Welsh bishops and some senior English bishops now feel secure and unopposed enough to articulate their position clearly, in which they side with progressive secularists to lobby lawmakers against their own conservative clergy and parishioners. This will further weaken confidence in the ability of the national Anglican churches of Britain to defend and promote historic Christianity. The Scottish Episcopal Church permitted same sex marriage in 2017.

The Governing Body of the Church in Wales meets in early September, and it is believed that a vote will be taken on whether to introduce rites for the marriage of two people of the same sex in church. Meanwhile many senior figures in the Church of England who might not be in favour of such a move in either national church, appear unwilling to speak out while the Living in Love and Faith process is not yet completed.

The text of the letter from the CiW bishops to EFCW is below:

Thank you for your letter of July 2021 concerning gay conversion therapy. We are glad that EFCW joins us in recognising that coercive and abusive practices associated with gay conversion therapy are wrong. We cannot accept, however, that by describing human sexuality as a gift from God to be cherished and honoured this necessarily opens the gate to affirming all and any expressions of sexuality, as you posit interpreting our words. The statement says what is plainly and explicitly articulated, and does not go beyond that.

You ask what we mean by opposing gay conversion therapy in all its forms. Again, we believe this to be straightforward and plain – any supposed therapy which purports or claims to convert a person’s sexuality is, in our opinion, abusive and should be banned. You ask whether “open discussion and grace-filled prayer with someone who wants to explore biblical teaching on the issue of sexuality” should, in the opinion of the bishops, fall under such a ban. Sadly, this positive sounding phrase leaves far too much to individual interpretation.

In the first place, biblical teaching on sexuality is precisely what is being debated in the current discussions around sexuality and Christian faith. As bishops, we freely admit that the traditional reading of Scripture sees it as condemning all sexual conduct outside a man and a woman’s committed lifelong and single heterosexual marriage. It is the sustainability of that traditional reading that we believe needs to be revisited.

If you are asking whether open discussion – that is, without a predefined answer – and grace-filled prayer – that is without implying knowledge of how God might answer that prayer, and without it being oriented necessarily towards a conversion of sexuality but graciously open, affirming and hospitable – with someone who wants to explore – which implies that they are uncertain and again that there is no predefined outcome – biblical teaching on the issue of sexuality – then that would seem to be the sort of open ended discernment upon which the Church in Wales is currently embarked.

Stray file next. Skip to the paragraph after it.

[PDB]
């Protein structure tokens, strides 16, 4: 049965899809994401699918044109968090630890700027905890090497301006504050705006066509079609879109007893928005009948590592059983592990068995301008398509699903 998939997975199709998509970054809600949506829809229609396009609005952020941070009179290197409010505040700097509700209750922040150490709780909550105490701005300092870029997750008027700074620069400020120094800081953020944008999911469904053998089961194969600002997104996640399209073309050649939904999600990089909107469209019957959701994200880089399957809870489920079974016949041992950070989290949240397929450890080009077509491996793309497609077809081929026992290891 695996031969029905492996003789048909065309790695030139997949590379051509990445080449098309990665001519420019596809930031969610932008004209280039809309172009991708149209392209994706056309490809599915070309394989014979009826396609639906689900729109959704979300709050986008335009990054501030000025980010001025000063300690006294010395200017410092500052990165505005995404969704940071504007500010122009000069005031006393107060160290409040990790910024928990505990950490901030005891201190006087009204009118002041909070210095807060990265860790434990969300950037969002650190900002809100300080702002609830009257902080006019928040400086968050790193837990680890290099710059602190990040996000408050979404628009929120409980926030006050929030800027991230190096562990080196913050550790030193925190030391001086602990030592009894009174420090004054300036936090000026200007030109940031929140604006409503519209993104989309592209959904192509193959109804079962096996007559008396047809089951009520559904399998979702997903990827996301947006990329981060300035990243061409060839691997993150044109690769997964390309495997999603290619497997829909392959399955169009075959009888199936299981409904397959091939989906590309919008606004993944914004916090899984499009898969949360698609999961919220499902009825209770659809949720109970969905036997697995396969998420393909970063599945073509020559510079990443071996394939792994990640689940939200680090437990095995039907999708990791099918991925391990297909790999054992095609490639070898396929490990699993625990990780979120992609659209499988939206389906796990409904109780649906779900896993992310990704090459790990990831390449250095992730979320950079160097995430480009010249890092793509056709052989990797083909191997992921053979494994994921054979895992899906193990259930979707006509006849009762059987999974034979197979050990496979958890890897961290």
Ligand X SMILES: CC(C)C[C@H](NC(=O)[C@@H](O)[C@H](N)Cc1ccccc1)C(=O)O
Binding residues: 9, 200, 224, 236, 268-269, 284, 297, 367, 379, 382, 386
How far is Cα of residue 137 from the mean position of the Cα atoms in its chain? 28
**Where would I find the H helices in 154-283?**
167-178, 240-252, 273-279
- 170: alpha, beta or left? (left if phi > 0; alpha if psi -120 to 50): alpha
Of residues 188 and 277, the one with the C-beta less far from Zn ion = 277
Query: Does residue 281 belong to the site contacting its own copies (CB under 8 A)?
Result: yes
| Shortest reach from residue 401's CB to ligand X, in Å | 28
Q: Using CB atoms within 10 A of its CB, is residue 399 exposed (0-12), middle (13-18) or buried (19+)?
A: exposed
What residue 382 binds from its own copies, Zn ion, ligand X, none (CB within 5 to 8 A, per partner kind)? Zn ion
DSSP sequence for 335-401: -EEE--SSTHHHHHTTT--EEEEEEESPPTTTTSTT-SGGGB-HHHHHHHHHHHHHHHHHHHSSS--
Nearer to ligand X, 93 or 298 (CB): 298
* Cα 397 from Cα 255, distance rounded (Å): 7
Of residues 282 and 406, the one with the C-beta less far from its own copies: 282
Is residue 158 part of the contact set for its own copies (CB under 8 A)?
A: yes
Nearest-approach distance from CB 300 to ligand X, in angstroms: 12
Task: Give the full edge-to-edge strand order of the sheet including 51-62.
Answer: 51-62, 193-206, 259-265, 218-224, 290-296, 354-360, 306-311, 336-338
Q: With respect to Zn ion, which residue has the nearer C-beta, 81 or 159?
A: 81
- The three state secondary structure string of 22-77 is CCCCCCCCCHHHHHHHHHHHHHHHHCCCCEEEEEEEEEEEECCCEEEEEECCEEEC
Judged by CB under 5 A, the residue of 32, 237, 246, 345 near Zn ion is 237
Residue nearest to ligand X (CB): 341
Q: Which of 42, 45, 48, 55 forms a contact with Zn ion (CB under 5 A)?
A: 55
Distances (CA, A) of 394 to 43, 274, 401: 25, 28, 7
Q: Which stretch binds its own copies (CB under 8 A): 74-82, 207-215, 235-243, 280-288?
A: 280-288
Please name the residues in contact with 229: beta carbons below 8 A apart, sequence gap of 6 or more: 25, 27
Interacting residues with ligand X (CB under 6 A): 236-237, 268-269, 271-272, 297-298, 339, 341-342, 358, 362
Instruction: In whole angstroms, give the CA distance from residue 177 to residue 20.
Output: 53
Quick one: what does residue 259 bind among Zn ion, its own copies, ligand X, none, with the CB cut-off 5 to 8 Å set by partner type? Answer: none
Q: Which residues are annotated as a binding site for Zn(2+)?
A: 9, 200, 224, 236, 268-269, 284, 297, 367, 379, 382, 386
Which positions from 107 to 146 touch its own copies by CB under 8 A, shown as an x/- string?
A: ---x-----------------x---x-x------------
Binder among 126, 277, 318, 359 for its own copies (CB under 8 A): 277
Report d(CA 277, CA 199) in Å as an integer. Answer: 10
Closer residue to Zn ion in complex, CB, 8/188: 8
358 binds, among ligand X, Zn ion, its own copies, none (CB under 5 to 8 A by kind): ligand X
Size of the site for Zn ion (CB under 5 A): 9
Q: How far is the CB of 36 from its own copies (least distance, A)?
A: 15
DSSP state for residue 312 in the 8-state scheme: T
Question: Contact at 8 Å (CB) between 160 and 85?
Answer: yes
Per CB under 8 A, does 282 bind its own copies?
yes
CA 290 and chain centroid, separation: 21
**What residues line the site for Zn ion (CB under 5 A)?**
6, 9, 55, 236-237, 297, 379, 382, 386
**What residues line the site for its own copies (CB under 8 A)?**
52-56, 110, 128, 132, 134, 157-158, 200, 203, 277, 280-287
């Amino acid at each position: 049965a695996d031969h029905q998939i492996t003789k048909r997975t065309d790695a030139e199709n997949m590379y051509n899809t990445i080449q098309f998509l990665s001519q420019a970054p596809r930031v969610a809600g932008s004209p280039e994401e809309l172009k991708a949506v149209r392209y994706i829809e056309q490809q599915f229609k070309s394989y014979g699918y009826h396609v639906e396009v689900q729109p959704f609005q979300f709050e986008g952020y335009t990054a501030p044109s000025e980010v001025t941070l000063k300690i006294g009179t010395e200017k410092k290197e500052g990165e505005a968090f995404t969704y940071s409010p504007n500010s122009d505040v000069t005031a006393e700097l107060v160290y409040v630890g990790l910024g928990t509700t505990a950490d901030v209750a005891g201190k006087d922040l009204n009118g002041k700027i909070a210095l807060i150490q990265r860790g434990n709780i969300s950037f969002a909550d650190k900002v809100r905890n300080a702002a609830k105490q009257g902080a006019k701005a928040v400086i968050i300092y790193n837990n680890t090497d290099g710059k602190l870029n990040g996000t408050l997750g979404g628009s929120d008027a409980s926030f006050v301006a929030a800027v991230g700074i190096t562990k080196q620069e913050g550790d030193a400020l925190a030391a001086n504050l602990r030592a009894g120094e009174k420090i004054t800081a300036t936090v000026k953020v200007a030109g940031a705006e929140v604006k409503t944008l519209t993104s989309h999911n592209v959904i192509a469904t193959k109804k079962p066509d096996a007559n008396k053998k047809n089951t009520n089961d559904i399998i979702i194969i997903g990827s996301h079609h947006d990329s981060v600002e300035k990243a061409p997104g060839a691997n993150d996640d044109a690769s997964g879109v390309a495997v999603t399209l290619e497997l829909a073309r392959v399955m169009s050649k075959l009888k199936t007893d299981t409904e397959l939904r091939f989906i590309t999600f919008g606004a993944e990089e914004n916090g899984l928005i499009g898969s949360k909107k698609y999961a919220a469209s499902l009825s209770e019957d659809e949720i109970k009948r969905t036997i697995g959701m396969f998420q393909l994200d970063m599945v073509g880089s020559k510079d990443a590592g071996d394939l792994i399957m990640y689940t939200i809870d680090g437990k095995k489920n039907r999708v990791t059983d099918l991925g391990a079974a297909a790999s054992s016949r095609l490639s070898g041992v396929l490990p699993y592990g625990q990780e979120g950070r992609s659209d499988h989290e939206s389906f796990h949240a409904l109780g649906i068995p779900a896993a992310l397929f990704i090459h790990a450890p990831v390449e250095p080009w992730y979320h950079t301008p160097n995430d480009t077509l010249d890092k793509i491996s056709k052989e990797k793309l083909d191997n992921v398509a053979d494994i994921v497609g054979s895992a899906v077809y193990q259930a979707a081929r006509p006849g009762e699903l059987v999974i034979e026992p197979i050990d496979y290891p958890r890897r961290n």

Unfortunately, these seemingly innocuous words can be used to disguise practices in which pressure is brought upon vulnerable LGBTQIA persons to submit to efforts aimed at the conversion of their sexuality, attempted exorcisms and worse. Such practices can be designed – consciously or unconsciously – to play on people’s sense of shame or anxiety, and signal that unless they conform to heterosexual norms they can neither be true disciples of Jesus, nor accepted members of the congregation with which they wish to become associated. A toxic mixture of motivation – to avoid embarrassment, to please a revered spiritual leader, to assuage long-standing guilt and shame – can be triggered which we, as bishops, believe would be abusive.

Our advice to members of EFCW is that they ought to avoid any practice which comes close to being capable of being interpreted as abusive in this way. Indeed, given the deep psychology of human sexuality, we believe that it should be left to the specialist to intervene, if indeed that is necessary. The Church’s role is to offer welcome, acceptance and friendship and, if requested, prayer that God’s grace can be operative in the situation and that a person would know God’s guidance and blessing – with no defined outcome.

We affirm and stand by a simple and plain reading of our statement as originally drafted.

Yours in Christ,